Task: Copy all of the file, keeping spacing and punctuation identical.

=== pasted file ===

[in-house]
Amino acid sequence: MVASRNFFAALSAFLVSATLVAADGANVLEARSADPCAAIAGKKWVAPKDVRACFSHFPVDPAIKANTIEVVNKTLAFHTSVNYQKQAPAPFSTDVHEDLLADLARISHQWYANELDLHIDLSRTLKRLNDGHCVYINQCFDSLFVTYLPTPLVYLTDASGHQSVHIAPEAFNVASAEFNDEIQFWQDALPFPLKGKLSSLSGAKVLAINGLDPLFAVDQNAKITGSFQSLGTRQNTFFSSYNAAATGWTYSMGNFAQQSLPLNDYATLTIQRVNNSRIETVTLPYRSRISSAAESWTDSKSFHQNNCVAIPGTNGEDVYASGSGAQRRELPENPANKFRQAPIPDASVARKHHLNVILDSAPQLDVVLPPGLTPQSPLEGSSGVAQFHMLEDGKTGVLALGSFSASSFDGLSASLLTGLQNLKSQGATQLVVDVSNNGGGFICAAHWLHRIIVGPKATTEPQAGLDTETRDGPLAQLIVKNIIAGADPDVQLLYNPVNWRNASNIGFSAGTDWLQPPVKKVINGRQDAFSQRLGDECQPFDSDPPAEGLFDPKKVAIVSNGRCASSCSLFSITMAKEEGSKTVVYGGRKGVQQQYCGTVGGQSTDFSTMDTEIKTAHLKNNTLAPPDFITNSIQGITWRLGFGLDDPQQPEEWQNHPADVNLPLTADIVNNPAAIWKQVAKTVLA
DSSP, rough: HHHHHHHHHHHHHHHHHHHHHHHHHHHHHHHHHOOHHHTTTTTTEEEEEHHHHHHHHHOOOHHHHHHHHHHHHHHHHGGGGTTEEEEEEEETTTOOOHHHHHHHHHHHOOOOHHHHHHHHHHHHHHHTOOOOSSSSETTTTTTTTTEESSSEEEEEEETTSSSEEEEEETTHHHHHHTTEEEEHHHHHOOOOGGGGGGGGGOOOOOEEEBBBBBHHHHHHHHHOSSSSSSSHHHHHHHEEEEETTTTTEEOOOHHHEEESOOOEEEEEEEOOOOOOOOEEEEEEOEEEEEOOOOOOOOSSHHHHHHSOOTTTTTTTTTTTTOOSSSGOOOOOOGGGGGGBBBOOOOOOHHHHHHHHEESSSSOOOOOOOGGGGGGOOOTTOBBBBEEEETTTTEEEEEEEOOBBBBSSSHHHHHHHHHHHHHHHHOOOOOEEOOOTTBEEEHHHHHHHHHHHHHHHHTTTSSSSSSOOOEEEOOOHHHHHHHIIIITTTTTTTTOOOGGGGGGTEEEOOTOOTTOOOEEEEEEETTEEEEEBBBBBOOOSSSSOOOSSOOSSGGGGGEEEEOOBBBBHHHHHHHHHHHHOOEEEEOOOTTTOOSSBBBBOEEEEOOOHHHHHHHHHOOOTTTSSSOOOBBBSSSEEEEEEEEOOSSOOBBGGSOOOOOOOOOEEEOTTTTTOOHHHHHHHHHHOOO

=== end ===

[in-house]
Amino acid sequence: MVASRNFFAALSAFLVSATLVAADGANVLEARSADPCAAIAGKKWVAPKDVRACFSHFPVDPAIKANTIEVVNKTLAFHTSVNYQKQAPAPFSTDVHEDLLADLARISHQWYANELDLHIDLSRTLKRLNDGHCVYINQCFDSLFVTYLPTPLVYLTDASGHQSVHIAPEAFNVASAEFNDEIQFWQDALPFPLKGKLSSLSGAKVLAINGLDPLFAVDQNAKITGSFQSLGTRQNTFFSSYNAAATGWTYSMGNFAQQSLPLNDYATLTIQRVNNSRIETVTLPYRSRISSAAESWTDSKSFHQNNCVAIPGTNGEDVYASGSGAQRRELPENPANKFRQAPIPDASVARKHHLNVILDSAPQLDVVLPPGLTPQSPLEGSSGVAQFHMLEDGKTGVLALGSFSASSFDGLSASLLTGLQNLKSQGATQLVVDVSNNGGGFICAAHWLHRIIVGPKATTEPQAGLDTETRDGPLAQLIVKNIIAGADPDVQLLYNPVNWRNASNIGFSAGTDWLQPPVKKVINGRQDAFSQRLGDECQPFDSDPPAEGLFDPKKVAIVSNGRCASSCSLFSITMAKEEGSKTVVYGGRKGVQQQYCGTVGGQSTDFSTMDTEIKTAHLKNNTLAPPDFITNSIQGITWRLGFGLDDPQQPEEWQNHPADVNLPLTADIVNNPAAIWKQVAKTVLA
DSSP, rough: HHHHHHHHHHHHHHHHHHHHHHHHHHHHHHHHHOOHHHTTTTTTEEEEEHHHHHHHHHOOOHHHHHHHHHHHHHHHHGGGGTTEEEEEEEETTTOOOHHHHHHHHHHHOOOOHHHHHHHHHHHHHHHTOOOOSSSSETTTTTTTTTEESSSEEEEEEETTSSSEEEEEETTHHHHHHTTEEEEHHHHHOOOOGGGGGGGGGOOOOOEEEBBBBBHHHHHHHHHOSSSSSSSHHHHHHHEEEEETTTTTEEOOOHHHEEESOOOEEEEEEEOOOOOOOOEEEEEEOEEEEEOOOOOOOOSSHHHHHHSOOTTTTTTTTTTTTOOSSSGOOOOOOGGGGGGBBBOOOOOOHHHHHHHHEESSSSOOOOOOOGGGGGGOOOTTOBBBBEEEETTTTEEEEEEEOOBBBBSSSHHHHHHHHHHHHHHHHOOOOOEEOOOTTBEEEHHHHHHHHHHHHHHHHTTTSSSSSSOOOEEEOOOHHHHHHHIIIITTTTTTTTOOOGGGGGGTEEEOOTOOTTOOOEEEEEEETTEEEEEBBBBBOOOSSSSOOOSSOOSSGGGGGEEEEOOBBBBHHHHHHHHHHHHOOEEEEOOOTTTOOSSBBBBOEEEEOOOHHHHHHHHHOOOTTTSSSOOOBBBSSSEEEEEEEEOOSSOOBBGGSOOOOOOOOOEEEOTTTTTOOHHHHHHHHHHOOO